Fitting a radiator can be done by any DIY homeowner -- there's no need for a plumber. However, it is important to know how to approach the task before starting it, otherwise you may spill radiator water on the floor, attach the wrong pipes or damage the radiator fixtures. With a few simple tools and the right guidelines, it is possible to fit a radiator within a day.
Choose an appropriate location to install your radiator. For instance, placing it underneath a window means the radiator will heat the cold air coming through the window. Allow space for the length of the radiator and any objects, such as a sofa or cupboard, that may be positioned in front of it.
Lift up the floorboards in the immediate area where the radiator will be fitted. Wedge the chisel between the boards and hammer on it. Pry the chisel upward to remove the boards.
Locate the water pipes that are connected to the home's boiler or central heating system. Look underneath the floorboards. Follow the direction of the pipes from other radiators in the home to determine where the pipes lead.
Secure the radiator tails. The tails are a component of the lockshield or thermostatic radiator valves found at the base of the radiator unit. Unscrew the tail. Wrap PTFE tape around each screw's threads. Replace the screws in the tails. Tighten each one using a spanner.
Affix the radiator to the wall using a strong metal bracket. Measure the distance between the fixtures on the back of the radiator. Mark this distance on the wall to make sure the radiator is lined up correctly. Fasten the metal brackets to the wall, using a drill and screwdriver. Follow the bracket's installation instructions to ensure you secure it firmly.
Slide the radiator onto the bracket. Wiggle it to make sure that it is stable and properly attached.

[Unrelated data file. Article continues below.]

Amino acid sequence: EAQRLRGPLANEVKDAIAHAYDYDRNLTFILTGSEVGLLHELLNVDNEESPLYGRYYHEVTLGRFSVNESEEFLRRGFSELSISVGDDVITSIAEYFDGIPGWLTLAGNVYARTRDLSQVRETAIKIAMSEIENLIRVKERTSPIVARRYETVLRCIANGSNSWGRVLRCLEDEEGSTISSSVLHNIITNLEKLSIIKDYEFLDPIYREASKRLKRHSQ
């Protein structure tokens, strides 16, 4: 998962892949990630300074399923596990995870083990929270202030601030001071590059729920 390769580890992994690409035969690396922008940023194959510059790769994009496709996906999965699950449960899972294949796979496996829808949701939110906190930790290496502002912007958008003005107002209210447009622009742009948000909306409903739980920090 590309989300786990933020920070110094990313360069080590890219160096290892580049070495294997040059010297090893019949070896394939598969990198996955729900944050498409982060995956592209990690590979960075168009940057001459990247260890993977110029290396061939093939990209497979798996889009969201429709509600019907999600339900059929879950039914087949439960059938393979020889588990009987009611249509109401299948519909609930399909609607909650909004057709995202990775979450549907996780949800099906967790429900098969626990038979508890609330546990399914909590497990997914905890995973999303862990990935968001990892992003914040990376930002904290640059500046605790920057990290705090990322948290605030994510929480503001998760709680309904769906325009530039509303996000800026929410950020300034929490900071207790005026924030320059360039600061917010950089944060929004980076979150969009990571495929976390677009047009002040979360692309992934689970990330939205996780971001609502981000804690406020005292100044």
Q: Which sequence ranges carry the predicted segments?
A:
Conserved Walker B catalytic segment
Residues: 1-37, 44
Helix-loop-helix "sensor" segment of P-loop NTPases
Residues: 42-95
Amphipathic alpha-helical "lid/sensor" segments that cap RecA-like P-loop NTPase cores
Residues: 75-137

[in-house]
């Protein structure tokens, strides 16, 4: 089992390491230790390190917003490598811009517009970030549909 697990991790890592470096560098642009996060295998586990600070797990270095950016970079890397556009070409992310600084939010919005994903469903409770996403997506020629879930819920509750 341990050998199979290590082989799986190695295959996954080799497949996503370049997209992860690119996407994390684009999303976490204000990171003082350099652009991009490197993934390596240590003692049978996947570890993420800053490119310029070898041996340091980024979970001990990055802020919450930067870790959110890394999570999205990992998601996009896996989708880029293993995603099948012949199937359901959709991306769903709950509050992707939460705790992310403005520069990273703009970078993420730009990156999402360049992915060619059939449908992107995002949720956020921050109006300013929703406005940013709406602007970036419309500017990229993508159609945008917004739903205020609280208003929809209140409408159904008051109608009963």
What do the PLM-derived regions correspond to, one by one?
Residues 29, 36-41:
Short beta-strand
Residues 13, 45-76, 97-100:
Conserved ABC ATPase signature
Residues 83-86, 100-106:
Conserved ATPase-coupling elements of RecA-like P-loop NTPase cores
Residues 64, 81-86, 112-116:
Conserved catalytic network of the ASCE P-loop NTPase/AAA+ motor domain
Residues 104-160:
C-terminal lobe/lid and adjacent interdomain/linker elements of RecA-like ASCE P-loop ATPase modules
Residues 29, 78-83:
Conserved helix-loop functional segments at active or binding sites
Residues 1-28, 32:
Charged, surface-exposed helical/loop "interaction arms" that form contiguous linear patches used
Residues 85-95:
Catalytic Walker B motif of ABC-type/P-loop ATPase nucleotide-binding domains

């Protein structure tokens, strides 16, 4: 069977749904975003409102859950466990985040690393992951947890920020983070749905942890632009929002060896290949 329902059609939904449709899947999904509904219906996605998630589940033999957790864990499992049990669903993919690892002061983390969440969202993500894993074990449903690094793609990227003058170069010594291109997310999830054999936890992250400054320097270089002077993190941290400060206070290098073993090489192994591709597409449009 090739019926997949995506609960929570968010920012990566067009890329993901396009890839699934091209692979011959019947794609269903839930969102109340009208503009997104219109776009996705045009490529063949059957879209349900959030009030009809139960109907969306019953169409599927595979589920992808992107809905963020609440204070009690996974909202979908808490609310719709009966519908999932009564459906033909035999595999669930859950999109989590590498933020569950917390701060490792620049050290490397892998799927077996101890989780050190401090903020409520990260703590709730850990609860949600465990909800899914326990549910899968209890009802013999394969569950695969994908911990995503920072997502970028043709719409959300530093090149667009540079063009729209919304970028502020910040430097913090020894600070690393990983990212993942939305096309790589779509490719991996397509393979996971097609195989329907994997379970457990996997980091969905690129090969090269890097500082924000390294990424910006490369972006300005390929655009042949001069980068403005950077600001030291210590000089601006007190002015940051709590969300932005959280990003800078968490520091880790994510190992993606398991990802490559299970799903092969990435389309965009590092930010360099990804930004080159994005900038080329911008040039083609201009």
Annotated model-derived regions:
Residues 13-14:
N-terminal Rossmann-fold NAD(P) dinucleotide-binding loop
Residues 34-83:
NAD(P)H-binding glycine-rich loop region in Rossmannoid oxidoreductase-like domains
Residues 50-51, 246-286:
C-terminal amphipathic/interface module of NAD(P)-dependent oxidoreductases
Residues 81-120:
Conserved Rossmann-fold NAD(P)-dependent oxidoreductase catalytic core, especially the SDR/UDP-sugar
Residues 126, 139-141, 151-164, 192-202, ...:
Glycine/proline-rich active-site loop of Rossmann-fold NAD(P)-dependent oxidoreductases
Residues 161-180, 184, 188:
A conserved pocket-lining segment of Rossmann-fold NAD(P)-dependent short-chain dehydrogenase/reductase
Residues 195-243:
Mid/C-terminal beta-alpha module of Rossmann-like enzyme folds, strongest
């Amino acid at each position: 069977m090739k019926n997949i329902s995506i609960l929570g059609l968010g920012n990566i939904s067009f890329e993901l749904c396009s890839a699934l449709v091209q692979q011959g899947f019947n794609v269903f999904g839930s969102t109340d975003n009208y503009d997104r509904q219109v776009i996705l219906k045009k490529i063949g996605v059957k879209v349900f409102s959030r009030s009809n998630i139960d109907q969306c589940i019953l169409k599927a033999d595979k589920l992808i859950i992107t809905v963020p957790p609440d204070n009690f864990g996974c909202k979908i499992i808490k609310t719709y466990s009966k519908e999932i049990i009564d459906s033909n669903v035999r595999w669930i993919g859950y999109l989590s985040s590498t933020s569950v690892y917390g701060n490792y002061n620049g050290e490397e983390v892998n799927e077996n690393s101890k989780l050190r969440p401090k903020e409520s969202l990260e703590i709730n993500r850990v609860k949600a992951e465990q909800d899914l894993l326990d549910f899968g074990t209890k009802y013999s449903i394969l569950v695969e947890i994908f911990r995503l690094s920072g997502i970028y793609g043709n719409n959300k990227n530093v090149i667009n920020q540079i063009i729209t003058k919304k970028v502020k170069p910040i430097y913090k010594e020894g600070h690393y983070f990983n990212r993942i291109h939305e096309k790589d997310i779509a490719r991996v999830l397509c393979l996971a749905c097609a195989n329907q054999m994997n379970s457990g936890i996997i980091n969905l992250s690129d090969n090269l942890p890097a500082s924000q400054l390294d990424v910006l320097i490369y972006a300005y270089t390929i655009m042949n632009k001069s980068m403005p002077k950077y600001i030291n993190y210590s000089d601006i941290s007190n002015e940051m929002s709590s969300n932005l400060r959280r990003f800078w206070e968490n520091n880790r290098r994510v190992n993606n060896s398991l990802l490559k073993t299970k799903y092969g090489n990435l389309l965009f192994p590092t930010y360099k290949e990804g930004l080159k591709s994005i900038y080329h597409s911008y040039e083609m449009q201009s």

Turn off the central heating system. Drain the radiator. Switch the boiler off at the main supply. Secure a long hose to the drain-off valve on the radiator. This is a faucet with a knob on the base of the radiator. Place the other end of the hose out a window.
Bleed the radiator dry. Open the drain-off valve using an adjustable spanner. Empty the radiator of all water.
Cut out a section from the inflow and outflow pipes that you located in step 3. Insert a T-junction in each and connect it to the corresponding radiator pipe. Fasten the T-junction in place using a push-fit fitting or compression fitting.
Shut off the drain valve and remove the hose pipe.
Turn the central heating system back on. Test the radiator by switching it on and off and changing its temperature. Check that there are no leaks or loose fittings.
Get a friend to help you lift the radiator onto the bracket to make the job easier. Secure the hose to the drain-off valve using a jubilee clip. This ensures the radiator fluid will not leak out onto the floor of your house. Cut a copper pipe using a pipe slice and plastic pipe cutter for plastic ones.
Only fit a radiator if you are confident and knowledgeable about plumbing and DIY techniques.
Tips and warnings
- Get a friend to help you lift the radiator onto the bracket to make the job easier.
- Secure the hose to the drain-off valve using a jubilee clip. This ensures the radiator fluid will not leak out onto the floor of your house.
- Cut a copper pipe using a pipe slice and plastic pipe cutter for plastic ones.
- Only fit a radiator if you are confident and knowledgeable about plumbing and DIY techniques.